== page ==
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John Lamb, Published June 01 2013

Secluded in the center of town: Moorhead ‘lake’ home remains remote even in heart of city

MOORHEAD - Mark Sinner sits at a small desk in his Moorhead dining room overlooking Woodlawn Park. He explains how a dike that runs across the far northern edge of his property holds back the Red River when it floods, turning the park into a lake.

“I guess this is my lake home. It’s close enough to a lake for me,” he says.

Nestled between Woodlawn and the Rourke Art Gallery and on a dead-end street, Sinner’s house is a rarity – a home just outside of downtown but with the feel of a cloistered cabin.

“It’s really quite secluded in back. You really don’t feel like you’re in a community,” he says. “It’s really a haven for migratory birds, so it’s really fun to sit at my desk and have birds pass through.”

Birding books fill a nearby shelf to help the novice identify the various species.

With slatted, sienna-colored plywood siding resembling bat and board, Sinner’s home looks like a modern home in the woods. He’s even heard the design referred to as “cabin-style” or

“ ’60s-style.”

Willis Kingsbury, who designed and oversaw construction of it, simply calls it “contemporary.”

Kingsbury finished the house in 1974 for his family, though he only lived there eight days before he and his wife separated.

While the house stands out a bit in the older part of Moorhead, Kingsbury said it still fits in.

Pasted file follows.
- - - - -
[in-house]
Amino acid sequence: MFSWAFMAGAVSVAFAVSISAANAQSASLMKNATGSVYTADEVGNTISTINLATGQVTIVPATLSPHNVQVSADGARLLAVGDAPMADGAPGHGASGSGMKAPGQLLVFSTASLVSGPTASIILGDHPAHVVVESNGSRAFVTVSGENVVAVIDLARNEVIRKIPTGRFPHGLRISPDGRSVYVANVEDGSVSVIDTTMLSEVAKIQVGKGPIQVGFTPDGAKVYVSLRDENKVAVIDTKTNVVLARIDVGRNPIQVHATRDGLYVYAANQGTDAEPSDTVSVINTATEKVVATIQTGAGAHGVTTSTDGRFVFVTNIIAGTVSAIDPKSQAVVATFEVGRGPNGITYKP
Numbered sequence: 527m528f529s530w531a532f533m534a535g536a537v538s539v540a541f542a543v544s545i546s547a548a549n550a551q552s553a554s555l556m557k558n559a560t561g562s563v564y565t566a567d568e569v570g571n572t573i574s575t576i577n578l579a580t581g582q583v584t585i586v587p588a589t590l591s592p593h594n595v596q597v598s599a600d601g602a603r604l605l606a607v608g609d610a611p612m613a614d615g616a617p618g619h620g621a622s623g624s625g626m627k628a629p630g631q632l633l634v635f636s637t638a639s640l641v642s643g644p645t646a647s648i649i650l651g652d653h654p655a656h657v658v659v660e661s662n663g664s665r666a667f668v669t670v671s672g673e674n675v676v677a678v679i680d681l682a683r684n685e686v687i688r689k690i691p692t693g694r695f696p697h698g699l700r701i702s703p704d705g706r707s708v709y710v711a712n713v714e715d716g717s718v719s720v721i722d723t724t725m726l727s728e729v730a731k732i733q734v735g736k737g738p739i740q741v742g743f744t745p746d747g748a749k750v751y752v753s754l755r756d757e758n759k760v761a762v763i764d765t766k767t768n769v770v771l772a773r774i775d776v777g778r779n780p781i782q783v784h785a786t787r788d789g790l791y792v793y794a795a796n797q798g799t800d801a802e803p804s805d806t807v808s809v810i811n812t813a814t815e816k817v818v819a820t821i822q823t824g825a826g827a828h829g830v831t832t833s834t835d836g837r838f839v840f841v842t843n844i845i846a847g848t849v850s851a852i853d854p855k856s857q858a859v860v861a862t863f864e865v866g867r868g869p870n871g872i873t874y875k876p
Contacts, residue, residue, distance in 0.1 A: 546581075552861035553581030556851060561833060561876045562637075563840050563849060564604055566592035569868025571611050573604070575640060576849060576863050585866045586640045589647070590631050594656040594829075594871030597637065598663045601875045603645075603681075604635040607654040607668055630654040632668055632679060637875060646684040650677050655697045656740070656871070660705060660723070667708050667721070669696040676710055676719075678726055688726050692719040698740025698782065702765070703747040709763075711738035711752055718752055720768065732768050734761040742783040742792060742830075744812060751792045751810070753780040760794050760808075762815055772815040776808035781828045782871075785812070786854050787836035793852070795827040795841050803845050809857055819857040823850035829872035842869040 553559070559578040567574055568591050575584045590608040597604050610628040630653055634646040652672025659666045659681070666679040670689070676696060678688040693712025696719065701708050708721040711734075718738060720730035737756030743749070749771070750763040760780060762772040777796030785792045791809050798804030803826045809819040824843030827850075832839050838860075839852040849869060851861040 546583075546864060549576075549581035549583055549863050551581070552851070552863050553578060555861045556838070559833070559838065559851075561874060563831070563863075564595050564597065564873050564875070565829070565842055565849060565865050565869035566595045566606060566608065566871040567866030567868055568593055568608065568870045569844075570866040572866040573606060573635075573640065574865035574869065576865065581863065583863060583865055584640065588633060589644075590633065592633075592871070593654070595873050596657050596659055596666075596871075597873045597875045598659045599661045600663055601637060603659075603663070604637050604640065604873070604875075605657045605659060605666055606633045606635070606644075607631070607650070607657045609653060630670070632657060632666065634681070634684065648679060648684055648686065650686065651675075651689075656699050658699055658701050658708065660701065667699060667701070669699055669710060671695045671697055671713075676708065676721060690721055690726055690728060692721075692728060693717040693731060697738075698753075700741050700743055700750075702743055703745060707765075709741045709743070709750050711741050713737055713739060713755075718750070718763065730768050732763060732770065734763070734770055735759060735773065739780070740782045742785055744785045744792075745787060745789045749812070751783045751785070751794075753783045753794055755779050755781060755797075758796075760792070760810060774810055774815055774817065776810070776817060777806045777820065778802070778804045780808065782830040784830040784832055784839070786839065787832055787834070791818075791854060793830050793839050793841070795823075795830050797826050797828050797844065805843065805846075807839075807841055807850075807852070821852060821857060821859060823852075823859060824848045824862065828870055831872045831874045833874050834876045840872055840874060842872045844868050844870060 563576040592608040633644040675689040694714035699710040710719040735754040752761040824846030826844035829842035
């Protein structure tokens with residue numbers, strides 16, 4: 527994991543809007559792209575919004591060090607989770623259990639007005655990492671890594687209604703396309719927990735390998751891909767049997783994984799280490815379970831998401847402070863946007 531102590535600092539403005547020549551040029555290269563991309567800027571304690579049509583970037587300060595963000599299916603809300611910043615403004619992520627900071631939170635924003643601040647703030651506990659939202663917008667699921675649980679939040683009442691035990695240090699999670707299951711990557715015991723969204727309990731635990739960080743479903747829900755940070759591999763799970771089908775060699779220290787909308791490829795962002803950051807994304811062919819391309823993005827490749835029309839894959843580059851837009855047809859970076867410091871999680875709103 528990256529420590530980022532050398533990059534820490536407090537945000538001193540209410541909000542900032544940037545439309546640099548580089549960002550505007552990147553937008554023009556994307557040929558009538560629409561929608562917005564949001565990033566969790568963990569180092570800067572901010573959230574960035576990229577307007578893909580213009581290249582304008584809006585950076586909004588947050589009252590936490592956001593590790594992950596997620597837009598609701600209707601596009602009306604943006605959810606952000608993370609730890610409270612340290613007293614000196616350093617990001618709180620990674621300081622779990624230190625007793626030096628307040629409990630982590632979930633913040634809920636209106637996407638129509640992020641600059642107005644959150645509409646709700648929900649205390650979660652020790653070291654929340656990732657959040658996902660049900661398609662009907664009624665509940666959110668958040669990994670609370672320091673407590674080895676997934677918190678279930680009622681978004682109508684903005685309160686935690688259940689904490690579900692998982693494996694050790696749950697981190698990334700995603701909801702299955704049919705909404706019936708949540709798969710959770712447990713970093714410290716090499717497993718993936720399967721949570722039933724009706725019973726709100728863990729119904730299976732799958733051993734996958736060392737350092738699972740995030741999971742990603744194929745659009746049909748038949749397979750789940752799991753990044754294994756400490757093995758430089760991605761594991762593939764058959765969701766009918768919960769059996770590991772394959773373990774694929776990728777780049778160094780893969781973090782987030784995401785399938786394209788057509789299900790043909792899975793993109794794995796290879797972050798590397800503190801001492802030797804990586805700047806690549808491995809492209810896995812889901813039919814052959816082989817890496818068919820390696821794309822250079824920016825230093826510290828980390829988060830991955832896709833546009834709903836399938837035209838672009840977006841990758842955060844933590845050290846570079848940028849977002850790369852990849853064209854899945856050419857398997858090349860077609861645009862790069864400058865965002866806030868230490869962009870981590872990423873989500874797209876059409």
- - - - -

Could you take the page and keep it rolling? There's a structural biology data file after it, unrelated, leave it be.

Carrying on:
“I’ve had many more positive comments about the location than I had negative,” he said from his home in Naples, Fla. “You’re not out in the country; you’re right downtown.”

Part of the design’s appeal was having most of the windows on the north side, overlooking Woodlawn.

The home’s Sixth Avenue façade features few windows, though that’s where the main entrance porch is.

“It wasn’t the exterior I liked about it so much as the windows and the view I appreciated,” Sinner says, when asked what attracted him to the house when he bought it in 2001.

The dining room doubles as his office, with a simple desk facing the park. Two levels of windows, stretching from the tiled floor to the 16-foot-tall ceiling fill the space with great natural light and open the interior to a large backyard, lined with trees and blooming lilacs.

It’s an office with quite a view, Sinner acknowledges, joking that he “sacrificed” his office at Creative Kitchen, the business he co-founded in 1976, to bring his work space home.

But it’s a home office that can transform back into a dining room quickly. A console table resting against a wall can be pulled out and a drop-leaf raised to make a dinner table.

“There’s just something about the light in this room that is uplifting to me,” he explains.

The dining room opens into a living room, with 8-foot ceilings allowing for a cozy, warm feel. The space features a large window looking east onto the Rourke Art Gallery.

Above the living room is the master bedroom, which benefits from the big, north windows with openings in the walls to look over the dining room.

The 2,000 square-foot home features four bedrooms, though Sinner has adapted one north-facing one with a view across the river to the Radisson into a workout space.

For all of the room in the house, the one that can get tight is his kitchen when he entertains. With custom-built, light oak cabinets and big windows, there’s an openness that quickly gets filled during a party.

“It’s not really designed for having more people because it gets crowded,” he says.

While Sinner has started to think the house may be too big for just himself and his cats, he says he utilizes the space when he entertains with semi-regular dinner parties.

“I like being here too much to throw in the towel,” he says.

Besides, where would he go? Many people retire to their lake place, and Sinner already lives in his.

Readers can reach Forum reporter

John Lamb at (701) 241-5533